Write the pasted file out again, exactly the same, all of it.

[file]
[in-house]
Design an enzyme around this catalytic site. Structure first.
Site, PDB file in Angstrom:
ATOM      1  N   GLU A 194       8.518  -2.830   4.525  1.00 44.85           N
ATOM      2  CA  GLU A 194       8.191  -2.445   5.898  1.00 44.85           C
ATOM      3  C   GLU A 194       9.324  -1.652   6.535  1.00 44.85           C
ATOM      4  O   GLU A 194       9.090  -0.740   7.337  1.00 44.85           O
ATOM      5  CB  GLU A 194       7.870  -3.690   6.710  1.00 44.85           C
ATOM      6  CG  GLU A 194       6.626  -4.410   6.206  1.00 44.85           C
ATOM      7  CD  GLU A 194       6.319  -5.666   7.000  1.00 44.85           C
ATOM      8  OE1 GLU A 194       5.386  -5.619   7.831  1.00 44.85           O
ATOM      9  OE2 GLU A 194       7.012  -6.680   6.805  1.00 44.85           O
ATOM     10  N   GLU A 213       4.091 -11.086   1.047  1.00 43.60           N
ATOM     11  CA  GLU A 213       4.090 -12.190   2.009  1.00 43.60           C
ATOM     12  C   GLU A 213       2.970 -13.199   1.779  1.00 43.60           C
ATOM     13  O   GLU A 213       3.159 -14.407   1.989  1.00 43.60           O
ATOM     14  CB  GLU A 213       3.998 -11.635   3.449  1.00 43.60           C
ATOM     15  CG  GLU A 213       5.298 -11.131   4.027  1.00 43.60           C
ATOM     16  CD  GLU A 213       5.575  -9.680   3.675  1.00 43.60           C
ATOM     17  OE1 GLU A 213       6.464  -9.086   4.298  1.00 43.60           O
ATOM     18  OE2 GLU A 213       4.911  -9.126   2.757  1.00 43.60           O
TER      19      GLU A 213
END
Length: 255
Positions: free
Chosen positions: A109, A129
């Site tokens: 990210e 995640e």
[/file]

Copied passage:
[in-house]
Design an enzyme around this catalytic site. Structure first.
Site, PDB file in Angstrom:
ATOM      1  N   GLU A 194       8.518  -2.830   4.525  1.00 44.85           N
ATOM      2  CA  GLU A 194       8.191  -2.445   5.898  1.00 44.85           C
ATOM      3  C   GLU A 194       9.324  -1.652   6.535  1.00 44.85           C
ATOM      4  O   GLU A 194       9.090  -0.740   7.337  1.00 44.85           O
ATOM      5  CB  GLU A 194       7.870  -3.690   6.710  1.00 44.85           C
ATOM      6  CG  GLU A 194       6.626  -4.410   6.206  1.00 44.85           C
ATOM      7  CD  GLU A 194       6.319  -5.666   7.000  1.00 44.85           C
ATOM      8  OE1 GLU A 194       5.386  -5.619   7.831  1.00 44.85           O
ATOM      9  OE2 GLU A 194       7.012  -6.680   6.805  1.00 44.85           O
ATOM     10  N   GLU A 213       4.091 -11.086   1.047  1.00 43.60           N
ATOM     11  CA  GLU A 213       4.090 -12.190   2.009  1.00 43.60           C
ATOM     12  C   GLU A 213       2.970 -13.199   1.779  1.00 43.60           C
ATOM     13  O   GLU A 213       3.159 -14.407   1.989  1.00 43.60           O
ATOM     14  CB  GLU A 213       3.998 -11.635   3.449  1.00 43.60           C
ATOM     15  CG  GLU A 213       5.298 -11.131   4.027  1.00 43.60           C
ATOM     16  CD  GLU A 213       5.575  -9.680   3.675  1.00 43.60           C
ATOM     17  OE1 GLU A 213       6.464  -9.086   4.298  1.00 43.60           O
ATOM     18  OE2 GLU A 213       4.911  -9.126   2.757  1.00 43.60           O
TER      19      GLU A 213
END
Length: 255
Positions: free
Chosen positions: A109, A129
């Site tokens: 990210e 995640e």